Susanne Becken Susanne Becken

Success by numbers?

We are facing existential crises, yet we are still measuring our tourism success in volume terms.

 

There needs to be a new paradigm in the way we do business, Professor of sustainable tourism and DOC principal science investment advisor for tourism, Susanne Becken, told the TIA Tourism Summit 2019, in Wellington this week. While New Zealand is known for leading the world in terms of tourism sustainability, Becken says we also have the world’s largest carbon footprint, in terms of CO2 emissions from passenger aviation. At the same time the no-fly ‘Flight Shame’ movement is growing momentum, in particular in Scandanavian countries, as airlines continue to grapple with technologies and alternative fuels to reduce emissions. Becken says climate change damage, for example forest fire, drought and coastal erosion, is mounting. ‘Rather than sit and wait (for new technologies) it’s better to manage up front.

 

‘Tourism needs to be more about experiences, be regenerative and give back.’ Becken notes examples such as Rotorua’s Canopy Tours, for its conservation programme, and Kohutapu Lodge, for the return it gives to the local Murupara community. She highlights TIME magazine’s The World’s Greatest 100 Places of 2019’, which include Zealandia Ecosanctuary. Becken also notes international examples, such as ‘Preservation Faroe Islands’, where the North Atlantic archipelago ‘closed for a weekend’ allowing only tourists who volunteered to help with tracks and maintenance. ‘We must have social licence, more seasonal and regional dispersion and less outbound travel. Domestic tourism will become important, and bring support to the regions from people in cities.’ New Zealand’s infrastructure must also become more resilient to climate change, says Becken. ‘We may have to invest in new transport systems and retreat from some of the places we currently operate from; for example coastal campgrounds, and some of our airports are at sea level.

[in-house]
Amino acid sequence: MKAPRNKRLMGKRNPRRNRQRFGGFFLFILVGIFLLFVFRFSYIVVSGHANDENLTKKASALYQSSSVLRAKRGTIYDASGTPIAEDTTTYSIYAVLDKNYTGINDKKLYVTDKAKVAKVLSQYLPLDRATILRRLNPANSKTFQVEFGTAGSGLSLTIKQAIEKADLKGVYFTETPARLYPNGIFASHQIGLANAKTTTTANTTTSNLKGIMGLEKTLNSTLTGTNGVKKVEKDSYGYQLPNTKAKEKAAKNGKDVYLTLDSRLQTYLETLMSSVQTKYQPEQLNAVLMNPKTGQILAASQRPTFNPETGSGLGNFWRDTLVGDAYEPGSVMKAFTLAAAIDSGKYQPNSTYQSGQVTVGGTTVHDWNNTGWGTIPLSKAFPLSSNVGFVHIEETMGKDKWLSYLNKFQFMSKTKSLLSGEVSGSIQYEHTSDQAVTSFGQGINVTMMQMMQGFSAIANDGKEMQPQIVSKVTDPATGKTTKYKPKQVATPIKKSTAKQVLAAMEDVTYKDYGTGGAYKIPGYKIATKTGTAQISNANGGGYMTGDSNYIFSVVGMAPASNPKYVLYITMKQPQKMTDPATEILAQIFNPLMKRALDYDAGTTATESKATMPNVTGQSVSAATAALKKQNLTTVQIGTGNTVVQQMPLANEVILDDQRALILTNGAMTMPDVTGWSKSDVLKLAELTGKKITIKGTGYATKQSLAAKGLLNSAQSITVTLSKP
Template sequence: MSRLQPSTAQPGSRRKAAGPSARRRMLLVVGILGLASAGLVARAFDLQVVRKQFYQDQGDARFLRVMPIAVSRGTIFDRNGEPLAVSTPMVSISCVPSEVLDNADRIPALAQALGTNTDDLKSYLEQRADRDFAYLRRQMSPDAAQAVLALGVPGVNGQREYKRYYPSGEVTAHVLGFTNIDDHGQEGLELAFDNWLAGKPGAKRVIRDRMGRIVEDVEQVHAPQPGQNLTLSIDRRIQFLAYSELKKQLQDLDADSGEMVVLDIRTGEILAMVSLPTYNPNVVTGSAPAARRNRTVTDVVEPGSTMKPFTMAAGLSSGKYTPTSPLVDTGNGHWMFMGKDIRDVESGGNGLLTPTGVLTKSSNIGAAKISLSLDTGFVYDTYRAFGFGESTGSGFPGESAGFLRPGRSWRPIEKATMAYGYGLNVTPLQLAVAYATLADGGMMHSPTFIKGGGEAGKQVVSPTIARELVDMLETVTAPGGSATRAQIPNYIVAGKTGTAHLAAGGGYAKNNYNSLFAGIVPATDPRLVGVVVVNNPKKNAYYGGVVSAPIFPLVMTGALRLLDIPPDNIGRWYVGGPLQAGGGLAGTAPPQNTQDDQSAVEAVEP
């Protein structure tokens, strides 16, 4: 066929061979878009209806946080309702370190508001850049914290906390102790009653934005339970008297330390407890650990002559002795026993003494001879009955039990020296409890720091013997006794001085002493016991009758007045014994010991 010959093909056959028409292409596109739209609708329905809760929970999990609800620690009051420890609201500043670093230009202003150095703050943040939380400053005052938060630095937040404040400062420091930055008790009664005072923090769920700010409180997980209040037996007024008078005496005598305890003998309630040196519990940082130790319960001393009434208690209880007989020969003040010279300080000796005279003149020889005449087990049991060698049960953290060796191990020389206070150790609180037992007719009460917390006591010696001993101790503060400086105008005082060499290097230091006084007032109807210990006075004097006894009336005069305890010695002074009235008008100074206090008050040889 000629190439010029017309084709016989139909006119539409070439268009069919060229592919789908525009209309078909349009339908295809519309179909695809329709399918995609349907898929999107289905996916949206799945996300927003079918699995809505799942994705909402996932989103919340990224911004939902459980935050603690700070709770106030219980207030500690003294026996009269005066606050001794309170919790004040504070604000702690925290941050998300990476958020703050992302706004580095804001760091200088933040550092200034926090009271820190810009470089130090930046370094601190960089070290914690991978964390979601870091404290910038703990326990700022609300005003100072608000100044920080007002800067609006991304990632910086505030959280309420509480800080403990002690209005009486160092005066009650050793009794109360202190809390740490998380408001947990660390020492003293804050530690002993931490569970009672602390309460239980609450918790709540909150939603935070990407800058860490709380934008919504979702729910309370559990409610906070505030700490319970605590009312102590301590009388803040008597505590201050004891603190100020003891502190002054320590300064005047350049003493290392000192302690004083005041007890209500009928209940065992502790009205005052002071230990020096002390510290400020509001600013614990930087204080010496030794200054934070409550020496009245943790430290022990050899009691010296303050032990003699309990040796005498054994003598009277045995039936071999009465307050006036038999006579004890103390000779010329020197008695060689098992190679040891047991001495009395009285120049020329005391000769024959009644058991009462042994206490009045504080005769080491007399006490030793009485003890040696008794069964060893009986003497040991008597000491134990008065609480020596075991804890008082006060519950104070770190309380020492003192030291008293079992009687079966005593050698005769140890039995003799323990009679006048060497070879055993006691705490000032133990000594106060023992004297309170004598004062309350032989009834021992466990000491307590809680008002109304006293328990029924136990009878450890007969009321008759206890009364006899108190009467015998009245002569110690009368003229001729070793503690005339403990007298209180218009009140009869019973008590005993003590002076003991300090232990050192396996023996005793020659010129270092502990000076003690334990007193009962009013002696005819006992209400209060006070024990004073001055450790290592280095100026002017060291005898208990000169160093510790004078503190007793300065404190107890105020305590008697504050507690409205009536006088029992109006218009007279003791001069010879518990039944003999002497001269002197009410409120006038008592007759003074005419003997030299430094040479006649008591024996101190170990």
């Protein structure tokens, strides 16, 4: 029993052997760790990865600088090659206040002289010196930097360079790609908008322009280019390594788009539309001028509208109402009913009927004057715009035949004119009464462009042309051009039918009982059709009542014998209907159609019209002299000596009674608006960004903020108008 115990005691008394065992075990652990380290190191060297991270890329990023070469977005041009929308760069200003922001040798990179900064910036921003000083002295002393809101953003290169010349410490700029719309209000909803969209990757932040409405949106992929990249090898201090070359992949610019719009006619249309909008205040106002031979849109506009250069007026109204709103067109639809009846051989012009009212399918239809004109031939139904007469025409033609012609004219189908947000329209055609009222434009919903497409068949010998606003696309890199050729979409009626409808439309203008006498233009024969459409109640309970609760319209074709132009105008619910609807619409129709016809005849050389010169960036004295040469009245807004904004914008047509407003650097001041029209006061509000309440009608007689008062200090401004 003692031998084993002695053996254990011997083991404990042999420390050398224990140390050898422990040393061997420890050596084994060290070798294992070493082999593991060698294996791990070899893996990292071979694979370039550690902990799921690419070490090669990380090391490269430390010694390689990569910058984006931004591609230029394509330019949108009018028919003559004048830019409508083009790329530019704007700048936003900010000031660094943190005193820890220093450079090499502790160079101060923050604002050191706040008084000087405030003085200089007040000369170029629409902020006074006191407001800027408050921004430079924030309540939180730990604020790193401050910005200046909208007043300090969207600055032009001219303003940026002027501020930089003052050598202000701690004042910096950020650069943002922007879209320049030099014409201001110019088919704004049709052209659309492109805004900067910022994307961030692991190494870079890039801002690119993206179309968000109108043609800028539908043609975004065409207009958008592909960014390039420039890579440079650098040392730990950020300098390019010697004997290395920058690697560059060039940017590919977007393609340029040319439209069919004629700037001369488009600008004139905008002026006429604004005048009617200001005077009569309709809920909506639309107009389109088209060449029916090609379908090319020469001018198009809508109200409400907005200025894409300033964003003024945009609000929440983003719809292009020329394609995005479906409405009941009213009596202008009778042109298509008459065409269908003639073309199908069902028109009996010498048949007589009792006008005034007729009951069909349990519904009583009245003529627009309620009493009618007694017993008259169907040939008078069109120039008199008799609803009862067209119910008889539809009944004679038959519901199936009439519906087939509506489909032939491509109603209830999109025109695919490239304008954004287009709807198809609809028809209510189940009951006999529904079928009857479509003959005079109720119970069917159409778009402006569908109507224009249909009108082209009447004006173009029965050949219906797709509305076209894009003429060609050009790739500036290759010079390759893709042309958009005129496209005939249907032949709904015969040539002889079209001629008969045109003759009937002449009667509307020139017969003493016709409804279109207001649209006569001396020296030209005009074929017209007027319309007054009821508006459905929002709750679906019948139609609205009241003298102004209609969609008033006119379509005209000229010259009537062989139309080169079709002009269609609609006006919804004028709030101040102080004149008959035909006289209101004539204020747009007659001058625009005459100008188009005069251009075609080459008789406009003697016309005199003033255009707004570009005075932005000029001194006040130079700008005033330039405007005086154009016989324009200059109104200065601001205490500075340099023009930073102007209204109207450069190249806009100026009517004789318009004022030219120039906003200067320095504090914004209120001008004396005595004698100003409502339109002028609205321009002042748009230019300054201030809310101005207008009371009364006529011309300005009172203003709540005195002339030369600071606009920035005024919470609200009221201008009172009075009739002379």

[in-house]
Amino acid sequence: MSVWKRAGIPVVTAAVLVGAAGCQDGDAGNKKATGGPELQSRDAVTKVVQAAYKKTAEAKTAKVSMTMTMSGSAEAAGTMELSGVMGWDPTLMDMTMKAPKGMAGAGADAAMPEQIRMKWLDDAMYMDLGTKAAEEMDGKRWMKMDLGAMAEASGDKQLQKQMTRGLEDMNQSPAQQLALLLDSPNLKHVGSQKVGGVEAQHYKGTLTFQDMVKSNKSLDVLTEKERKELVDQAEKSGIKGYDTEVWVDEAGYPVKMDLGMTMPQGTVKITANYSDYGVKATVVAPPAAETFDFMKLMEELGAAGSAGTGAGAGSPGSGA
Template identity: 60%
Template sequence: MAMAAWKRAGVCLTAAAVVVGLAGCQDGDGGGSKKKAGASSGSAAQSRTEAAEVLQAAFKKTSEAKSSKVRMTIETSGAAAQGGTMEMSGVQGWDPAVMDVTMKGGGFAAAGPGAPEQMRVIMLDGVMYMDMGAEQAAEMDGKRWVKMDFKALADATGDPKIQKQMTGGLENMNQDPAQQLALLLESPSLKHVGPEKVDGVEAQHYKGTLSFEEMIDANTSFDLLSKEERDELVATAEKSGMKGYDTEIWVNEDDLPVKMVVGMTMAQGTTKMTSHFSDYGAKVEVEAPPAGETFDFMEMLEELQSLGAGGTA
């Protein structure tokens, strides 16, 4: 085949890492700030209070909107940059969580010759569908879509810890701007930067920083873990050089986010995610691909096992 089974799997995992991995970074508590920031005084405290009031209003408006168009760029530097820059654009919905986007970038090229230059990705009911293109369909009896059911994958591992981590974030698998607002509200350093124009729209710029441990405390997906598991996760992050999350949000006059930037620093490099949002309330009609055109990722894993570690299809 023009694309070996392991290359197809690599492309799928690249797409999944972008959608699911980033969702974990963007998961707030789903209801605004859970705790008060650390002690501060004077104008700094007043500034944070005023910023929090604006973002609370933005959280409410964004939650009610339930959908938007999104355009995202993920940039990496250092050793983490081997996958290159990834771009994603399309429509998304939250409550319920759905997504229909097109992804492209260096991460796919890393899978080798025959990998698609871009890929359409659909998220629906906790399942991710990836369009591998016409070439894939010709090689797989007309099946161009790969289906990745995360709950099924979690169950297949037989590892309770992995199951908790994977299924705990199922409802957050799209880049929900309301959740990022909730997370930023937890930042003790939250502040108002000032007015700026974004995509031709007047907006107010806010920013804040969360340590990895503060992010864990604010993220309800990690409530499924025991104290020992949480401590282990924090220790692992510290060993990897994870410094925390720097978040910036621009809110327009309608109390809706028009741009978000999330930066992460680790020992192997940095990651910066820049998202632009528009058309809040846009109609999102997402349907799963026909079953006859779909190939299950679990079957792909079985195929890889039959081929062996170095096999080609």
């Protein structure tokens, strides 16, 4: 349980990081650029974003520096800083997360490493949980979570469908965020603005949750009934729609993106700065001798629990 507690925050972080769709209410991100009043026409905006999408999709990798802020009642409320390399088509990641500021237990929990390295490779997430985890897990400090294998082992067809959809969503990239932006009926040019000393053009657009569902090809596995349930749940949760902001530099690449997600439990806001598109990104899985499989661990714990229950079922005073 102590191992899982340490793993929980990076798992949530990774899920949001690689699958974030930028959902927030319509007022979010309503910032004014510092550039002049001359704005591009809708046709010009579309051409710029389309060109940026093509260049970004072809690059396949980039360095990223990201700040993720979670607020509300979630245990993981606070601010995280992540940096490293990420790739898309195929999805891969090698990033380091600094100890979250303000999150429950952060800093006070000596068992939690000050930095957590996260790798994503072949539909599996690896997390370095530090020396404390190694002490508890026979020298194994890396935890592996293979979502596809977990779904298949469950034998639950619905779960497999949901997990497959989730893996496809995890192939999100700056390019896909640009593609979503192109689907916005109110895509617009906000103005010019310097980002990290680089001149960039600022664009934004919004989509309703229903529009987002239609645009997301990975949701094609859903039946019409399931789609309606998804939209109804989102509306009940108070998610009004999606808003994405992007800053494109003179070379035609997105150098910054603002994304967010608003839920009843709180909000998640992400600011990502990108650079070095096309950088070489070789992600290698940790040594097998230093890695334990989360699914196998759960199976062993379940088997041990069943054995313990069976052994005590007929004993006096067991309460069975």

_ By Kathy Ombler

ProMag